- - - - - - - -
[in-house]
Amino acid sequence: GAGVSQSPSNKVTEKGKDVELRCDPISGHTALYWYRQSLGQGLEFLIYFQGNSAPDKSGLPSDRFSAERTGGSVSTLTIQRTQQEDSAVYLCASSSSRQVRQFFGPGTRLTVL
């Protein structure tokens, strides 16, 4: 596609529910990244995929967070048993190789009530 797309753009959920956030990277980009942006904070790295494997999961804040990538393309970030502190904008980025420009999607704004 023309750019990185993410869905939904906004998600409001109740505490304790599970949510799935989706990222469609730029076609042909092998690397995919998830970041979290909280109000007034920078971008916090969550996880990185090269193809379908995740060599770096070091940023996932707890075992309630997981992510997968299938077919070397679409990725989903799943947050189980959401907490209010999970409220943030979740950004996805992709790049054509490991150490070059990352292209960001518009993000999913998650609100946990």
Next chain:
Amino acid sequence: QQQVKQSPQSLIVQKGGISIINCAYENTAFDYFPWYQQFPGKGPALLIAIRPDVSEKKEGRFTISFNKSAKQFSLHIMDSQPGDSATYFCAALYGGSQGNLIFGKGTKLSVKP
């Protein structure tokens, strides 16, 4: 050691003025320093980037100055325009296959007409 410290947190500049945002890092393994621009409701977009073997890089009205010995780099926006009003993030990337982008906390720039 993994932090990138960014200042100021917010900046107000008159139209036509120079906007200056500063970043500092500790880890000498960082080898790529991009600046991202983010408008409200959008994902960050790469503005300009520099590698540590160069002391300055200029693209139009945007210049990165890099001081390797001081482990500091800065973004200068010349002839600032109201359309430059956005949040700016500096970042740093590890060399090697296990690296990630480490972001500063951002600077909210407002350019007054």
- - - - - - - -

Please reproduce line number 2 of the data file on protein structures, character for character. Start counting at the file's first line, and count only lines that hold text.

Amino acid sequence: GAGVSQSPSNKVTEKGKDVELRCDPISGHTALYWYRQSLGQGLEFLIYFQGNSAPDKSGLPSDRFSAERTGGSVSTLTIQRTQQEDSAVYLCASSSSRQVRQFFGPGTRLTVL